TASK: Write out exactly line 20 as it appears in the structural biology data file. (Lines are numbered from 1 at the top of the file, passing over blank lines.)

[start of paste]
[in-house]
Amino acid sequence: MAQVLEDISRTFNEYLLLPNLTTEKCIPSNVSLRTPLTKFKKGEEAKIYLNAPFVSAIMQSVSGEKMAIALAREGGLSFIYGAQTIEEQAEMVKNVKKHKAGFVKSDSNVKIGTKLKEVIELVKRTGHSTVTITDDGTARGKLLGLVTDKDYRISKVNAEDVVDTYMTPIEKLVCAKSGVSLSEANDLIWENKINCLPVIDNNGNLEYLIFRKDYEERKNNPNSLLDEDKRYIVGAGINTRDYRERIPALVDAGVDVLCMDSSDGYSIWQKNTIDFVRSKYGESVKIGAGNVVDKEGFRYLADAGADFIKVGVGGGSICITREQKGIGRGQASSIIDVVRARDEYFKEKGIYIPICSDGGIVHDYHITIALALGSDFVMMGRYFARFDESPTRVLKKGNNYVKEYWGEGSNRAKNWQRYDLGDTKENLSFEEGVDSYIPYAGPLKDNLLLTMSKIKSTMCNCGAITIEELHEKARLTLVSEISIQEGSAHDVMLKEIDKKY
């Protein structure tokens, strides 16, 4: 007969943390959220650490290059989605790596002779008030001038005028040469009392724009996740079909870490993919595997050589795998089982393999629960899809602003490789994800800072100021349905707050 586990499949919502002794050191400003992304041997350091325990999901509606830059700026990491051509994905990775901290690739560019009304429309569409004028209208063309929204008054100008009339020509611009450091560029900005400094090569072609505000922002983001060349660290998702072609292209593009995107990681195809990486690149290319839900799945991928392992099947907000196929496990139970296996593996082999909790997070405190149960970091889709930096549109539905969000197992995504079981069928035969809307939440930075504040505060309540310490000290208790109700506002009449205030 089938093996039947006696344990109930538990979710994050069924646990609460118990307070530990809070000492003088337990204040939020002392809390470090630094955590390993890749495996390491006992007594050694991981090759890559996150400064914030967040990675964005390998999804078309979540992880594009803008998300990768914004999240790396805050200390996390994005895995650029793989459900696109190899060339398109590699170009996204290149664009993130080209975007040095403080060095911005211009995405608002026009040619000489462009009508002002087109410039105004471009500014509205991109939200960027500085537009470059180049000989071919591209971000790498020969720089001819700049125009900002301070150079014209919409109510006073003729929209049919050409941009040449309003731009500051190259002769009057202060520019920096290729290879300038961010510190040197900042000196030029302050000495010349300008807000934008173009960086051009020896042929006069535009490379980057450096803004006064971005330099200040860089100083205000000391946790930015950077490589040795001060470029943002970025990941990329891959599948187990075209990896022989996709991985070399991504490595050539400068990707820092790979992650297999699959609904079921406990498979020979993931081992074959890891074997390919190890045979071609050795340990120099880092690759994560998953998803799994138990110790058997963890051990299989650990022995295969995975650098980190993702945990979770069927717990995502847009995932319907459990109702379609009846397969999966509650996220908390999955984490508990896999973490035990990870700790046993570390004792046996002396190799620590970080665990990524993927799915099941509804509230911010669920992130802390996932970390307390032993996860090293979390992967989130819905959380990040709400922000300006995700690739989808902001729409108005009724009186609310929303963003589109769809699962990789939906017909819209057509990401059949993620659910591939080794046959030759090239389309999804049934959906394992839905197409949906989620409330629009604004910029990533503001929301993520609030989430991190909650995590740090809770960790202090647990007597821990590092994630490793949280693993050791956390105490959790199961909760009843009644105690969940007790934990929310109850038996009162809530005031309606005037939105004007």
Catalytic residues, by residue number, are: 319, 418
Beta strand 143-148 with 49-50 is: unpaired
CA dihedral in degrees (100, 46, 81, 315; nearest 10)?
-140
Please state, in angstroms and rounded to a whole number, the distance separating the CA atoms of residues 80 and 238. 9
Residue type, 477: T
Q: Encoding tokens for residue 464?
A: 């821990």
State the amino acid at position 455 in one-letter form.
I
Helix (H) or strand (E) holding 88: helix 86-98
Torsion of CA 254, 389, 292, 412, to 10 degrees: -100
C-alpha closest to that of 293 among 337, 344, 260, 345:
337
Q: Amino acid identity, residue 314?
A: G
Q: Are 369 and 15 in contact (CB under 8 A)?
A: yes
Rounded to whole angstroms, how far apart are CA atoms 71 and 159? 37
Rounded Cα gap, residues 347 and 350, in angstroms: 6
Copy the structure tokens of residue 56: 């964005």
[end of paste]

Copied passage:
Q: Are 369 and 15 in contact (CB under 8 A)?